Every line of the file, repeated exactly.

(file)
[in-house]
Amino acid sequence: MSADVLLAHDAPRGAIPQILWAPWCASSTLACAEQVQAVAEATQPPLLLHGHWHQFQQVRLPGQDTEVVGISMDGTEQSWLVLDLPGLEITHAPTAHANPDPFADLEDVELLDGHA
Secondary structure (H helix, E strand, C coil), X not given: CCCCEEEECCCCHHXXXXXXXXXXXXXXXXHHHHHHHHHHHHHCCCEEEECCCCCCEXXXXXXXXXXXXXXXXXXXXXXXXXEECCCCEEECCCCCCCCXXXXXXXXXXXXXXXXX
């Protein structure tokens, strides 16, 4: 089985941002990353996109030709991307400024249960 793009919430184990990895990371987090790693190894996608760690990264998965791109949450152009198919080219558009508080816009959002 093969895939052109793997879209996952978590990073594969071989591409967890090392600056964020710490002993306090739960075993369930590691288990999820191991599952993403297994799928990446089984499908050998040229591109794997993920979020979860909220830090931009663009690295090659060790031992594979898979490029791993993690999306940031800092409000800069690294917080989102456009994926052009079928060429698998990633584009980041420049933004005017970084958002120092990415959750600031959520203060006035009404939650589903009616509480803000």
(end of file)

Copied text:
[in-house]
Amino acid sequence: MSADVLLAHDAPRGAIPQILWAPWCASSTLACAEQVQAVAEATQPPLLLHGHWHQFQQVRLPGQDTEVVGISMDGTEQSWLVLDLPGLEITHAPTAHANPDPFADLEDVELLDGHA
Secondary structure (H helix, E strand, C coil), X not given: CCCCEEEECCCCHHXXXXXXXXXXXXXXXXHHHHHHHHHHHHHCCCEEEECCCCCCEXXXXXXXXXXXXXXXXXXXXXXXXXEECCCCEEECCCCCCCCXXXXXXXXXXXXXXXXX
């Protein structure tokens, strides 16, 4: 089985941002990353996109030709991307400024249960 793009919430184990990895990371987090790693190894996608760690990264998965791109949450152009198919080219558009508080816009959002 093969895939052109793997879209996952978590990073594969071989591409967890090392600056964020710490002993306090739960075993369930590691288990999820191991599952993403297994799928990446089984499908050998040229591109794997993920979020979860909220830090931009663009690295090659060790031992594979898979490029791993993690999306940031800092409000800069690294917080989102456009994926052009079928060429698998990633584009980041420049933004005017970084958002120092990415959750600031959520203060006035009404939650589903009616509480803000």